Pond to the southward of Fogland's Ferry, whence we were to embark, the enemy fired upon us as we passed the Ferry Point, by which we had one man killed and another wounded. Yesterday in the afternoon, and this morning, the enemy appear as if they intended to evacuate the north end of the island, but the rain prevents our making such discoveries as we could wish. If they are moving off, as I believe they are, I think we shall go on at Howland's Ferry and one other place, and beat up their quarters.

Last night an express arrived rom Gov. Cook to Gen. Spencer, with the great news of Gen. Burgoyne and his army; about four thousand five hundred having surrendered to Gen. Gates—the British and Hessian officers, to be allowed to wear side arms; but no terms for the tories.

I hope that our Court will never more join in such an important enterprise, unless they have better assurance of every thing being ready against the given day. We ought to have been in the plan and preparation. Though I do not expect to be saved by our own wisdom, in the present or any future expedition, yet I think we ought to have something to do with planning and preparing, as well as executing. If the weather permits, it is probable we shall be successful, through the goodness of Providence; but I am sure we shall have very little reason to boast of our own wisdom. I am, dear sir, with great respect, your most humble servant,


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mon and ordinary general council, I have determined to do it under my hand, so that if I am wrong it may appear against me. The general idea upon which this enterprise was planned, was founded upon the supposition of eight or nine thousand men being necessary to do the business when conducted with secrecy and the enemy attacked by surprise. I believe that our numbers are not equal to what was then thought necessary; and it is certain that we can not now surprise the enemy; for they know the secret and are preparing against our design. Besides the spirit of the army is not what it was at first. From these facts I think we ought now to reason, and if the public weal requires us to push on at all events, then let us do it in the most desperate manner; but if the public good forbids our running any such risks, then let us return in an orderly way, and take care of our boats, &c. against a more favorable time. If eight thousand men were necessary, with secrecy and surprise in aid of their numbers, surely no wise man will say that a greater number are not necessary, when we have neither secrecy nor surprise to assist our numbers. Other reasons might be offered against making the attempt under present circumstances, but every man who reasons justly will reflect upon the consequences of a defeat, and will consider it possible. The consequences may be such as we may be utterly unable to answer for. Now is the time for cool deliberation, and we ought to deliberàte so as to justify our conduct to our country. I am very sensible of the coloring which will be given to this way of reasoning, and shall presume that no man will impute it to any other than pure love to the common cause —love to our country.

From you, gentlemen, I may reasonably expect that candor, which every gentleman has a right to expect from every other. In full assurance of which, I beg leave to subscribe myself, with sentiments of great esteem, your most humble servant, J. PALMER.

The failure of this expedition to Rhode Island, was a sore disappointment to the whole country, especially to those who were immediately concerned in it. The blame must fall somewhere; and Gen. Palmer's letter, recommending an abandonment of the enterprise, gave to Gen. Spencer, the commander in chief, on whom the principal responsibility rested, an advantageous position for casting it upon him. But his honorable acquittal by the court martial, before which the matter was brought, and the preceding correspondence, which every where exhibits Gen. Palmer as urgent to execute the enterprise with the greatest possible dispatch, should remove from the minds of an impartial posterity every suspicion that he can be justly accused of any remissness in his duty. If his advice was injudicious, if he was influenced by timidity and irresolution, he may be justly censured; but he appears rather to have been governed in his course by sound judgment—the distinguished characteristic of Washington. Indeed the reader of Gen. Palmer's domestic correspondence, which we are obliged to suppress on account of its private character, will hardly escape the impression that he more closely resembled Washington for caution and prudence, combined with enterprise and energy, than any other officer of the Revolution.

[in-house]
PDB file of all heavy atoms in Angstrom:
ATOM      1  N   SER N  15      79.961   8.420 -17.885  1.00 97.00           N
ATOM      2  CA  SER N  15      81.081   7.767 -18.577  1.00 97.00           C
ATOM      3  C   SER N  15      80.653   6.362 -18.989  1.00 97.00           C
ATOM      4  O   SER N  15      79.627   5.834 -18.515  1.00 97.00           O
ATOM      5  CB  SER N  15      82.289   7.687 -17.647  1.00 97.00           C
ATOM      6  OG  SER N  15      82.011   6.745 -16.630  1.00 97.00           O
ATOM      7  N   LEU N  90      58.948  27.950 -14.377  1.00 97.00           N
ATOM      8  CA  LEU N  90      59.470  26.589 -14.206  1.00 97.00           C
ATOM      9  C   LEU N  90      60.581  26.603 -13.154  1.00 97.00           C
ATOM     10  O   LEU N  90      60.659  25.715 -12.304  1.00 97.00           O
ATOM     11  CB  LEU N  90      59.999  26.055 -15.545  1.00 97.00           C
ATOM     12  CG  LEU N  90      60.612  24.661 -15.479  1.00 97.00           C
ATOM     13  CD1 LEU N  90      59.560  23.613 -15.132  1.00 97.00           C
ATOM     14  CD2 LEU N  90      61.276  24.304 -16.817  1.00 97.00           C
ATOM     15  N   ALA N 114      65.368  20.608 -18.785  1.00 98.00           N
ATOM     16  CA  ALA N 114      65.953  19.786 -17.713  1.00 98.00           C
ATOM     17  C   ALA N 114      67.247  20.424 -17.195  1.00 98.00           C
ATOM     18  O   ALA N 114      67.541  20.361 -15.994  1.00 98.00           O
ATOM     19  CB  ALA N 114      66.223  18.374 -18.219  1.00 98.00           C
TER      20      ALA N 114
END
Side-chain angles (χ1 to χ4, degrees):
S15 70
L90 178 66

Owing, however, to the wound which his feelings had received, he soon retired from public life, and with his son, struggled for a few years to rescue his fortune from the utter wreck which threatened to fol

low. We found him at the commencement of the war in affluence; we find him at the close of it, on the verge of bankruptcy.

His feelings in respect to the Rhode Island affair, and the condition of his private affairs at the present time, may be learned from the following letters.

To the Hon. Mr. Spooner.
Germantown, Dec. 6, 1777.

Dear Sir—By what my son tells me, I suppose that I shall be brought to trial about the Rhode Island affair, before the court martial. I am glad there is to be a hearing, and I doubt not it will be a fair one, and that I shall have timely notice of the charge against me, and of the evidence from the colonels in my late brigade. The day I left Tiverton, Miss A. B. told me that the General had determined to throw all the blame upon me, and that Gen. Cornel, your townsman, had undertaken to carry the matter through. I think myself extremely injured, and that no part I have acted since the commencement of these difficulties has been more innocent, not to say meritorious, than my conduct at Tiverton. I glory in the opposition I made towards the latter part of the month. Before that, I could and would have joined heartily in a descent, though I thought and still think it was very weakly provided for, and that there never were more than half boats enoughYou know much of my conduct, and to you I can cheerfully appeal.